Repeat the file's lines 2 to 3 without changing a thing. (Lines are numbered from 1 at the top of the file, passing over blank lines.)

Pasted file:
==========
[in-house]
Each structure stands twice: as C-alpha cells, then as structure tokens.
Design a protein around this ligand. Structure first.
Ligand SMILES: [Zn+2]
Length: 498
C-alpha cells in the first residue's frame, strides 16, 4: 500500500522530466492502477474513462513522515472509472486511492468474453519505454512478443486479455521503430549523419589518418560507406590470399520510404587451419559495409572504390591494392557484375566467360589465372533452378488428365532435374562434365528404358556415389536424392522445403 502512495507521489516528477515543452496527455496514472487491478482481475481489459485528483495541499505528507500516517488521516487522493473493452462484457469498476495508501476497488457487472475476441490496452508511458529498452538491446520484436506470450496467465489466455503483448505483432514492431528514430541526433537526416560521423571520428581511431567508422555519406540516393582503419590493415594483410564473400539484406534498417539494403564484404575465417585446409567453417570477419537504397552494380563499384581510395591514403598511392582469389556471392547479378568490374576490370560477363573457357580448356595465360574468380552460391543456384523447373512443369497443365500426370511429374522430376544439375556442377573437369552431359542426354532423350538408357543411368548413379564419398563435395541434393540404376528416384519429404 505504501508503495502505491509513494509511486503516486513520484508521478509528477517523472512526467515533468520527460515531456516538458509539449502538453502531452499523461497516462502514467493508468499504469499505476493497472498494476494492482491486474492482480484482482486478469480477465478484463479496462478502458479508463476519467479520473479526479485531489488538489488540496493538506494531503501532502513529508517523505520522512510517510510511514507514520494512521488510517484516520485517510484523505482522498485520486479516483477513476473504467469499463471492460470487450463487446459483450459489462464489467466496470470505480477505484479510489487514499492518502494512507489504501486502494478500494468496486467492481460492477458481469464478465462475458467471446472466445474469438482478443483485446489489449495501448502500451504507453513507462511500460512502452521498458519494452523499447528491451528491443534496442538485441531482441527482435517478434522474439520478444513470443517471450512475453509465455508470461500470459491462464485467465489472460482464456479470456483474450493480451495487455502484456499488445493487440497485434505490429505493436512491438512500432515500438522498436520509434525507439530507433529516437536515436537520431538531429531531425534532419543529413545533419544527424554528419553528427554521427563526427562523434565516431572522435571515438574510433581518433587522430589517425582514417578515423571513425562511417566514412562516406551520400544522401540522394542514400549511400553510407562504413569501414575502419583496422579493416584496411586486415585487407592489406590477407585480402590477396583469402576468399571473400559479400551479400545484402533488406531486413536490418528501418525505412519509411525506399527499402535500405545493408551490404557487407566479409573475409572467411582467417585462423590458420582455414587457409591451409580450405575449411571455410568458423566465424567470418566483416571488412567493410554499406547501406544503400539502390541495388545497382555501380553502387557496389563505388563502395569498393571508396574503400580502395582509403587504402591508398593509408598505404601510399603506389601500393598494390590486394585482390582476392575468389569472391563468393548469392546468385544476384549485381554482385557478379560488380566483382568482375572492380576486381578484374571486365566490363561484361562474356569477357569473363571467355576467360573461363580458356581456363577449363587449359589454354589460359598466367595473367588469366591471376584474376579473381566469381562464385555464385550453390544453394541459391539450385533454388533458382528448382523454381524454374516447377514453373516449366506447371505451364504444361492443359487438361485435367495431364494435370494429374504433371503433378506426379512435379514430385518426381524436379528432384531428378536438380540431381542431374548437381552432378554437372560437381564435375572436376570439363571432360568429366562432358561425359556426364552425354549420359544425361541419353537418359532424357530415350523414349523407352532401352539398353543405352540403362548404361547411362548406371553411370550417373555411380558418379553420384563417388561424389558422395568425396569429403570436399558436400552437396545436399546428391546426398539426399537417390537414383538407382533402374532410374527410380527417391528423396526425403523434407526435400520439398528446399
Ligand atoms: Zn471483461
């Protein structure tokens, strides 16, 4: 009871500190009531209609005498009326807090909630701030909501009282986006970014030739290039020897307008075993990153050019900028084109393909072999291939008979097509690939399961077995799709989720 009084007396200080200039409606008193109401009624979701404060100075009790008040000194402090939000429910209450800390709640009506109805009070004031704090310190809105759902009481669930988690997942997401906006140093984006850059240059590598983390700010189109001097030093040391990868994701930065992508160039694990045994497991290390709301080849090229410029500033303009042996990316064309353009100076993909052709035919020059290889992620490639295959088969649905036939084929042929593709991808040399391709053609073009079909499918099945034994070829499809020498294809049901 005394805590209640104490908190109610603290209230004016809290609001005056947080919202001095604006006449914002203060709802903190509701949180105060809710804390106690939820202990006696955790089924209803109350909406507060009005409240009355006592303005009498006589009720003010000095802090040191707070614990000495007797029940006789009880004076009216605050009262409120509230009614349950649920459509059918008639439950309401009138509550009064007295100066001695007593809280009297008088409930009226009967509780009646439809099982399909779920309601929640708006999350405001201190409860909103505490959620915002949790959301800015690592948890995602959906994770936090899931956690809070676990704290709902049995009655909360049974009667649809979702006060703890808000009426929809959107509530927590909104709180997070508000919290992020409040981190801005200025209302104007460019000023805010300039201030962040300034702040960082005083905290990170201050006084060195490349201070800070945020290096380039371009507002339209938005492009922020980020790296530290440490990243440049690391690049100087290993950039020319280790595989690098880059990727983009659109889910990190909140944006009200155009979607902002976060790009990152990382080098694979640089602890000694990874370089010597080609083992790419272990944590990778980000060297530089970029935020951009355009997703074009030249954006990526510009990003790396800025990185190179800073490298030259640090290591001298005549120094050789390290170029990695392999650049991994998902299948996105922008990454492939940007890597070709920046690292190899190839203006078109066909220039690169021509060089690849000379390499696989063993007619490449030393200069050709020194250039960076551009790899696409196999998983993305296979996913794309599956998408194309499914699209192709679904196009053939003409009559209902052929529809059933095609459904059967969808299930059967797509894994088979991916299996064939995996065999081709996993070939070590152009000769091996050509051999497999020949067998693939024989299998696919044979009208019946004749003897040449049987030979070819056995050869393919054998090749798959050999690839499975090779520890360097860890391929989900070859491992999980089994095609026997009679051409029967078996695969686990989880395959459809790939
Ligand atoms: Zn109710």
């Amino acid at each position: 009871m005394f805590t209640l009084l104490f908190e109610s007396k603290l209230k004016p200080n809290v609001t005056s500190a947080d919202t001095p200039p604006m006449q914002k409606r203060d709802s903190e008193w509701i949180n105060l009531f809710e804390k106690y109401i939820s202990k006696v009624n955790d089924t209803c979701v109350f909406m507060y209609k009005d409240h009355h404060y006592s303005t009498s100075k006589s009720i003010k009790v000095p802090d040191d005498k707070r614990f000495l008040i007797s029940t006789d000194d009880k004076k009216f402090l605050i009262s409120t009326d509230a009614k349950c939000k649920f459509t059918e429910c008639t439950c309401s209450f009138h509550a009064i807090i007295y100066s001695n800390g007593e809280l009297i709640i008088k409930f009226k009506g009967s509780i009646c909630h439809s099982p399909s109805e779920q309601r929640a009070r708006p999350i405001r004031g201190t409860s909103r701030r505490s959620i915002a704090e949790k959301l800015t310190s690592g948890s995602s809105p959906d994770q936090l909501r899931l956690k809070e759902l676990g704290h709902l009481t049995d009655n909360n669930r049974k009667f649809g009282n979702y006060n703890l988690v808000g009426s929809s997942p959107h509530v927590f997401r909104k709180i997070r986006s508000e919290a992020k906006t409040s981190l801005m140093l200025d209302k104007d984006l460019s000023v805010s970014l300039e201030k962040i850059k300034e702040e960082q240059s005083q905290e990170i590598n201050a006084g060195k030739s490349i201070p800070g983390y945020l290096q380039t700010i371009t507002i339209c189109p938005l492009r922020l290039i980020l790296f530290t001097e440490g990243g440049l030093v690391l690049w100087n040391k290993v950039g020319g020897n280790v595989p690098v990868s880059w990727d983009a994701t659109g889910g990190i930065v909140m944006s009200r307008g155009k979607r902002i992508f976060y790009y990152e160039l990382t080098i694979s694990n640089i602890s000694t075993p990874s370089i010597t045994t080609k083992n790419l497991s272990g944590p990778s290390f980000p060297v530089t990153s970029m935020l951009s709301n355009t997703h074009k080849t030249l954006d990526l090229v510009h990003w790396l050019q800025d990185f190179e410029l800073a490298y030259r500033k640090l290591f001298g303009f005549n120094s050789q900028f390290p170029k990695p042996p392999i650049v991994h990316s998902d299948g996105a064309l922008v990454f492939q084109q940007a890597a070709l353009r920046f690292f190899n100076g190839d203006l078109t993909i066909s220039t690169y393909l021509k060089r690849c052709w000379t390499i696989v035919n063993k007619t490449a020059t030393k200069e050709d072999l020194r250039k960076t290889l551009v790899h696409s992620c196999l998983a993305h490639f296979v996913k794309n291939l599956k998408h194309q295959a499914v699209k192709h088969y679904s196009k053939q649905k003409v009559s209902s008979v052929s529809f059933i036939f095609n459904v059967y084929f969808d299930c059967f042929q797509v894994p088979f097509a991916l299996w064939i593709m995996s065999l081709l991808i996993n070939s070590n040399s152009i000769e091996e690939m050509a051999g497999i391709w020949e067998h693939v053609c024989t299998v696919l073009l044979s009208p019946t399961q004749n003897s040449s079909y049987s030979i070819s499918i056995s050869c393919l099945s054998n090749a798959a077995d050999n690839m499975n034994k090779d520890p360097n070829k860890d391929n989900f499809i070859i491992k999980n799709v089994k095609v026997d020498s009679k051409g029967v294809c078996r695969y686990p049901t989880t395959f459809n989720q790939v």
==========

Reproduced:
Each structure stands twice: as C-alpha cells, then as structure tokens.
Design a protein around this ligand. Structure first.